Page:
The Book (Libar)

English translation

The Book

Inscribe me in the Book of your debts
’cause I’ve been buying you for a long while
with what you wanted to hear -
out of fear that it will sink, your love for me,
like a bee in a spoon full of tea
while trying to not lose breath.
I have no reasons to be scared.
 
(Chorus:)
I’m giving you verses and tones
all my iridescent pearls – to be a gift.
I can still make you fall for me with the poem
shrewdly and with flatter
I still can fool you with love.
 
And I will promise you anything
Indeed, everything you want –
my skin, my bone
and whichever face you’ll have wished
out of fear that it will sink, your love for me,
like a bee in a spoon full of tea
while trying to not lose breath.
I have no reasons to be scared.
 
(Chorus:)
I’m giving you verses and tones
all my iridescent pearls – to be a gift.
I can still make you fall for me with the poem
shrewdly and with flatter
I still can fool you with
love...
love...
 
~ Chorus repeated ~
 
I still can
I still can fool you with
love...
Love...
 
(Lyrics in The "Fairy" language:)
 
Teh mahi seva hileyda
Suna heya, sun deya pejee
Leysun datuversa unmeyola
Jom tisela behsuda
Leysun datuversa unmeyola heyda.
 
Submitted by nenad.ilic.3597 on Thu, 03/01/2013 - 19:26
Author's comments:

The lyrics is a poem and should not be understood literally, but according to its overall poetic meaning; hence, I translated the verse: "Još uvjek mogu ti podvaliti ljubav" as: "I still can fool you with love" and not "deceive you by faking love". While "trick you into love" does convey the positive meaning of this deception, to an extent, in the original, it's his (the narrator's) side of love (aimed to her) that is signified here, not vice-versa.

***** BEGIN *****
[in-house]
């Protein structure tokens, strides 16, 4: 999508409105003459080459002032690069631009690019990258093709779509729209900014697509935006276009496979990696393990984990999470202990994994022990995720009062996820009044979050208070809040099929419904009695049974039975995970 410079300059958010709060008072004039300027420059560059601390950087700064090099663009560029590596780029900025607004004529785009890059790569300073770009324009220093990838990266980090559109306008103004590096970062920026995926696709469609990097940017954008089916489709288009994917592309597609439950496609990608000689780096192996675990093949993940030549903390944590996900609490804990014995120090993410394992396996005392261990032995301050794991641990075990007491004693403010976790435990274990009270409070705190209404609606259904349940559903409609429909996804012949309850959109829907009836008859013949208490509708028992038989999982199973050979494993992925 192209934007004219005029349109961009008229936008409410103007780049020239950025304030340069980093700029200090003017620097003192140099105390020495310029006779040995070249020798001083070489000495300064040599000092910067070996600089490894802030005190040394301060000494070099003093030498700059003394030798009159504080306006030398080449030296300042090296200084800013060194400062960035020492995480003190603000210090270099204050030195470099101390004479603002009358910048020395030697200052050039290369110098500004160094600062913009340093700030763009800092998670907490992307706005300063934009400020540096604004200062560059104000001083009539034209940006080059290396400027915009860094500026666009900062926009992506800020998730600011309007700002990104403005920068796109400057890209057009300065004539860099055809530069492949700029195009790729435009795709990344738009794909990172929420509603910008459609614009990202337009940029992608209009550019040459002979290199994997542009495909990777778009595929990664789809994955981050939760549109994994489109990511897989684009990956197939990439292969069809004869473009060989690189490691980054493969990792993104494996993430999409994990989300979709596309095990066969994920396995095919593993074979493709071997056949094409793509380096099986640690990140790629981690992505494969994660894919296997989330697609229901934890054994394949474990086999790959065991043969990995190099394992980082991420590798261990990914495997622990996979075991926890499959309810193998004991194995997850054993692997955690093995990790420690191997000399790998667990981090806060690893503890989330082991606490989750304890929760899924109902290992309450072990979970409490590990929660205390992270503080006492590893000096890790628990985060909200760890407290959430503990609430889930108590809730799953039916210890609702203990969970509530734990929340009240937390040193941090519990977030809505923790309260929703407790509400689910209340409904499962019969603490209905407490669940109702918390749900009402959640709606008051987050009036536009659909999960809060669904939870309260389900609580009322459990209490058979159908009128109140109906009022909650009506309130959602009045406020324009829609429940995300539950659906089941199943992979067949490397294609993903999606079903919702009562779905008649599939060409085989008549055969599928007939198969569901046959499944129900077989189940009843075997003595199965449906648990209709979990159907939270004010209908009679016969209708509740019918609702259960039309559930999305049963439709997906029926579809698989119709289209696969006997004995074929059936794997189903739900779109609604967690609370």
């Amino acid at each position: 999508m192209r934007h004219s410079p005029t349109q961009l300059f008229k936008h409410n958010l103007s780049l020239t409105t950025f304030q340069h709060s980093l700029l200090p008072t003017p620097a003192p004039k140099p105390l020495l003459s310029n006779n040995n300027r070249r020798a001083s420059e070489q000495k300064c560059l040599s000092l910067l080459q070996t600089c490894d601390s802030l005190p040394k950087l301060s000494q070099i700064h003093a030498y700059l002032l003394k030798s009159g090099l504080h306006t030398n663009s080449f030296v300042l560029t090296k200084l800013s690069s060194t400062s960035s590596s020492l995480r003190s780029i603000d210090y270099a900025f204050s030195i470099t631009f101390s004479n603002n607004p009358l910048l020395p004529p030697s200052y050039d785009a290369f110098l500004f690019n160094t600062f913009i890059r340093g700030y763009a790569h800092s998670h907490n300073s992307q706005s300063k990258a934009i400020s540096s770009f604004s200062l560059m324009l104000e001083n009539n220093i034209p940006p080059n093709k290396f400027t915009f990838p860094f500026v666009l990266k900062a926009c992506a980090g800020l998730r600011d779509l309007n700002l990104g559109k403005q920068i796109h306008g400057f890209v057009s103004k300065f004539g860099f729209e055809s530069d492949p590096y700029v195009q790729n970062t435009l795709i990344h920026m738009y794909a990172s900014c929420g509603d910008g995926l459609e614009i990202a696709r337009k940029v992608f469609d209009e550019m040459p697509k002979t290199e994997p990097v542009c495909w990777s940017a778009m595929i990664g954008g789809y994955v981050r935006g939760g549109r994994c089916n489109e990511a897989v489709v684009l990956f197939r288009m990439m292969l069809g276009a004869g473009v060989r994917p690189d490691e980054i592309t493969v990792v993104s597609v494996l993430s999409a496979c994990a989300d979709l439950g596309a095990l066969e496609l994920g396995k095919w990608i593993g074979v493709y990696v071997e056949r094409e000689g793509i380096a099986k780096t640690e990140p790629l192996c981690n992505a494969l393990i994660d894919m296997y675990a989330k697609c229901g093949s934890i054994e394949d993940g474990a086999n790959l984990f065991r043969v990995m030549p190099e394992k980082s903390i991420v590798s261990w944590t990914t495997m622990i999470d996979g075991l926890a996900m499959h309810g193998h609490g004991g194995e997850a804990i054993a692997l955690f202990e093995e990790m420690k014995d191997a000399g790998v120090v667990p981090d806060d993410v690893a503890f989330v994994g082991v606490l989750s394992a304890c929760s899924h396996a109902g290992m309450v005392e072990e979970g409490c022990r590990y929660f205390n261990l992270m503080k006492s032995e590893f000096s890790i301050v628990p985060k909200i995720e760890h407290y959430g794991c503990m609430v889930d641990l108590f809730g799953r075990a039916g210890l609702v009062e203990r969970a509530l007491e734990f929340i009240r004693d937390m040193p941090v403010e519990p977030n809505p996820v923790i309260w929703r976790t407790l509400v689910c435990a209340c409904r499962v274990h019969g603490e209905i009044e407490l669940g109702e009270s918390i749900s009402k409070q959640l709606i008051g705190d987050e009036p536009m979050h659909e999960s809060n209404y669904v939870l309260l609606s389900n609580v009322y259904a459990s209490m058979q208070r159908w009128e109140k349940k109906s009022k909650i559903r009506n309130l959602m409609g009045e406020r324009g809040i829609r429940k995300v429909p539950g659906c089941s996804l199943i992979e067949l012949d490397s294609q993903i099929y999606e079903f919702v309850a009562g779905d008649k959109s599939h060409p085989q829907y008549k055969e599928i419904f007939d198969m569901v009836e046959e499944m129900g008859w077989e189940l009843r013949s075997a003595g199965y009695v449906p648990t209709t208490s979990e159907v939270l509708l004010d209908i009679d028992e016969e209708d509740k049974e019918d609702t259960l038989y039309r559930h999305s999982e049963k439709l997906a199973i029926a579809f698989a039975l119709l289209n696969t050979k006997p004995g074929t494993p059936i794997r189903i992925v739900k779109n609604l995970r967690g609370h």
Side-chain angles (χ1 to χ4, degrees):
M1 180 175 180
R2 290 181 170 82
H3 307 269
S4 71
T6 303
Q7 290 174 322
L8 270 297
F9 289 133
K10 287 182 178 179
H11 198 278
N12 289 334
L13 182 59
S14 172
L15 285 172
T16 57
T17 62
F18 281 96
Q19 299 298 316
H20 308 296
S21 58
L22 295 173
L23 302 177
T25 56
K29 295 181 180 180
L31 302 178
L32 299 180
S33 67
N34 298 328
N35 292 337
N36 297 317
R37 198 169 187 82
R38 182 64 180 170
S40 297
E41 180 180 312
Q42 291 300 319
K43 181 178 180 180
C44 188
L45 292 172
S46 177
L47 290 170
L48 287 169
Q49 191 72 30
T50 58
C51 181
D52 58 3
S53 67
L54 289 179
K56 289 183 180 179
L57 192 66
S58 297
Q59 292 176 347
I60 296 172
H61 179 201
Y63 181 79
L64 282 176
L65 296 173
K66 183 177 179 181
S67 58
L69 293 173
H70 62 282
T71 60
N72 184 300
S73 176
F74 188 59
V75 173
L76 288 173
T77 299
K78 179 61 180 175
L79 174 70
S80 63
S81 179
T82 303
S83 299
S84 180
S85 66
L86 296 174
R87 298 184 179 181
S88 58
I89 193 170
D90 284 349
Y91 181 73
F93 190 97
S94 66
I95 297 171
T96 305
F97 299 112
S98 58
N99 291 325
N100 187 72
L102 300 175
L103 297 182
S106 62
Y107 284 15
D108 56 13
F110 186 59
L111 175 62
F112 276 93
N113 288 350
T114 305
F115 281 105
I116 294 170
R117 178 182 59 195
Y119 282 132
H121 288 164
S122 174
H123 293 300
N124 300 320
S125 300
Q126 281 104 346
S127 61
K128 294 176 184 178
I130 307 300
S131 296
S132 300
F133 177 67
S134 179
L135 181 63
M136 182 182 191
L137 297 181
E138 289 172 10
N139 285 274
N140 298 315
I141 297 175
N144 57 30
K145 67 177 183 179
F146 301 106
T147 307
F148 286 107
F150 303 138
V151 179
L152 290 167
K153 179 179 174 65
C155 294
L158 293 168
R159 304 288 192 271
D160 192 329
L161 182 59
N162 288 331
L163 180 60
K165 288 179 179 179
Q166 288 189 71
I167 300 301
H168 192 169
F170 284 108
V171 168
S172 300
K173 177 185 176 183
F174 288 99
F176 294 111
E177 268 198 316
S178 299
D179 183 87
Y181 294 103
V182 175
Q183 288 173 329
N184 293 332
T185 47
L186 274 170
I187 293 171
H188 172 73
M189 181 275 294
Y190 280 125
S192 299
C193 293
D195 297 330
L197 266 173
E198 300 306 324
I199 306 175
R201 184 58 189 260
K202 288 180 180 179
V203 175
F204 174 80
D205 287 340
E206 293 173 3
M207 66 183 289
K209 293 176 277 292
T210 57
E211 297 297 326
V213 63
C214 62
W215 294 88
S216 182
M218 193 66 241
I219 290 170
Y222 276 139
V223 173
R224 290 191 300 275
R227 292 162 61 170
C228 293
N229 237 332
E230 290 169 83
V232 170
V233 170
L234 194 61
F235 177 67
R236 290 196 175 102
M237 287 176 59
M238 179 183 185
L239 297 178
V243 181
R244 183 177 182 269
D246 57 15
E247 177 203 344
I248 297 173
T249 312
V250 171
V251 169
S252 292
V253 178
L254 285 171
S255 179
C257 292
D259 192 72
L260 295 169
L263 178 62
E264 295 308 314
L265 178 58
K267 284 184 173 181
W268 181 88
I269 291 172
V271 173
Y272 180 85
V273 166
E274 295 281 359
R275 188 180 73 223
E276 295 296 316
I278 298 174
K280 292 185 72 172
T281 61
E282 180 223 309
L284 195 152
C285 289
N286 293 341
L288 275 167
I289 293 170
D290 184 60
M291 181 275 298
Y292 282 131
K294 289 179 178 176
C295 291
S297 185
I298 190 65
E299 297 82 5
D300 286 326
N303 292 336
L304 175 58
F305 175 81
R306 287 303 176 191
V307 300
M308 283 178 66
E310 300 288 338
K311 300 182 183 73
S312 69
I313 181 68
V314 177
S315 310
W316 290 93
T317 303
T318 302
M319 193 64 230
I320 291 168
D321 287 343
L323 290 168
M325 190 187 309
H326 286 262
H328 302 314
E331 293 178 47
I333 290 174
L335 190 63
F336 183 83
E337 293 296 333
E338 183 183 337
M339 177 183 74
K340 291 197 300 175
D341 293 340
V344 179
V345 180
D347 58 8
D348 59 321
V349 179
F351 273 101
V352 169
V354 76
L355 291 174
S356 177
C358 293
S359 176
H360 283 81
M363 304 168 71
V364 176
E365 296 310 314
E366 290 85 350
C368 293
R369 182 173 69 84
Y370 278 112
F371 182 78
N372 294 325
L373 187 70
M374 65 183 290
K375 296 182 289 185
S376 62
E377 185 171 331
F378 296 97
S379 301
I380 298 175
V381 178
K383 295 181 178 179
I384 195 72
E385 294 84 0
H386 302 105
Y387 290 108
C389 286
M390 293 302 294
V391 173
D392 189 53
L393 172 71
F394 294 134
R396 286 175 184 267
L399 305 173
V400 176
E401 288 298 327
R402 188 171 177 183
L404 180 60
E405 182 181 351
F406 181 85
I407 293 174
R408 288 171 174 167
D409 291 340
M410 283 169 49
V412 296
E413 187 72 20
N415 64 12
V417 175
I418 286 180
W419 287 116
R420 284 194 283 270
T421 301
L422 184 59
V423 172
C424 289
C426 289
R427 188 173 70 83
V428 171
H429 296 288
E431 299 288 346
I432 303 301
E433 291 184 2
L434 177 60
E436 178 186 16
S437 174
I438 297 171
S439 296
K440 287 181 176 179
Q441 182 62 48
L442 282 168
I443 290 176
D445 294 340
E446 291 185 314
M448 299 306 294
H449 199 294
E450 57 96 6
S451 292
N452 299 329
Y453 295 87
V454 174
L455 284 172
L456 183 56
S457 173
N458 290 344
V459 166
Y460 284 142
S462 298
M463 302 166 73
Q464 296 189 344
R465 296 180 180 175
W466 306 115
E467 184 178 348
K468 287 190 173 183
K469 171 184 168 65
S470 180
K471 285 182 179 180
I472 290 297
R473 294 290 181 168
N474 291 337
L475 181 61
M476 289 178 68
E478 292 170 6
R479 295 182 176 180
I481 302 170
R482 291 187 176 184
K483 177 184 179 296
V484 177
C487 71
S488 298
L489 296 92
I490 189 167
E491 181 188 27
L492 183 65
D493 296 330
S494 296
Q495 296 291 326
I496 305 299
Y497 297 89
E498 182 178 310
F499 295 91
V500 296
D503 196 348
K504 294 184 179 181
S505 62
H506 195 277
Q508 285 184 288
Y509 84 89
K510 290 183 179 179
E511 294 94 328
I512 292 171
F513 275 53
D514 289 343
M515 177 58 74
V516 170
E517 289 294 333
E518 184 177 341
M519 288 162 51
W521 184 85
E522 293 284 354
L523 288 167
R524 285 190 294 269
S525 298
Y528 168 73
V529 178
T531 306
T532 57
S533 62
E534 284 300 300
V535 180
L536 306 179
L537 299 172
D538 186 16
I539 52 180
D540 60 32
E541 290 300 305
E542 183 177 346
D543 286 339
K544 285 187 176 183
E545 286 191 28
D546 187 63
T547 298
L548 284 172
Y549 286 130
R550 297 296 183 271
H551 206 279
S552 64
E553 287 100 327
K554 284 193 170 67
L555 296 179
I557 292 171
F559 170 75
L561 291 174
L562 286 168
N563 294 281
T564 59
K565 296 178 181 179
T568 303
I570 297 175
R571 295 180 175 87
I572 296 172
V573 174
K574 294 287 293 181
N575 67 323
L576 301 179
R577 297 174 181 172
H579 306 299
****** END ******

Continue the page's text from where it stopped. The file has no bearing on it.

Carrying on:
This translation is supported by the verse: " OUT OF fear that it will sink -your love for me", suggesting that the narrator, being terrified from losing his beloved's love one day, is willing to make an extra effort and, if that's what is necessary, even "fake" love with the gestures of deep caring (I'll be anything you want, even if that's not who I am when I'm without you). Now, it's her turn to give back in response to these sweet games, and that is why she's indebted to him.

The words: "I have no reasons to be scared" are repeated at the end of each stanza as magical words that the narrator hopes have a power to make everything all right.

Additional comments:
The word 'libar' is not a Slavic word, but adopted in Dalmatia from Italian, and it comes from Latin: liber, the book. The Slavic (Croatian, Serbian) word is: knjiga. Likewise, the word 'verse' (plural, sigular: versa), which in these two languages is: stihovi, meaning verses, has the same origin.

The additional lyrics, sung by the band 'Putokazi' from Rijeka, is in the imaginary language "of elves and fairies" Smile

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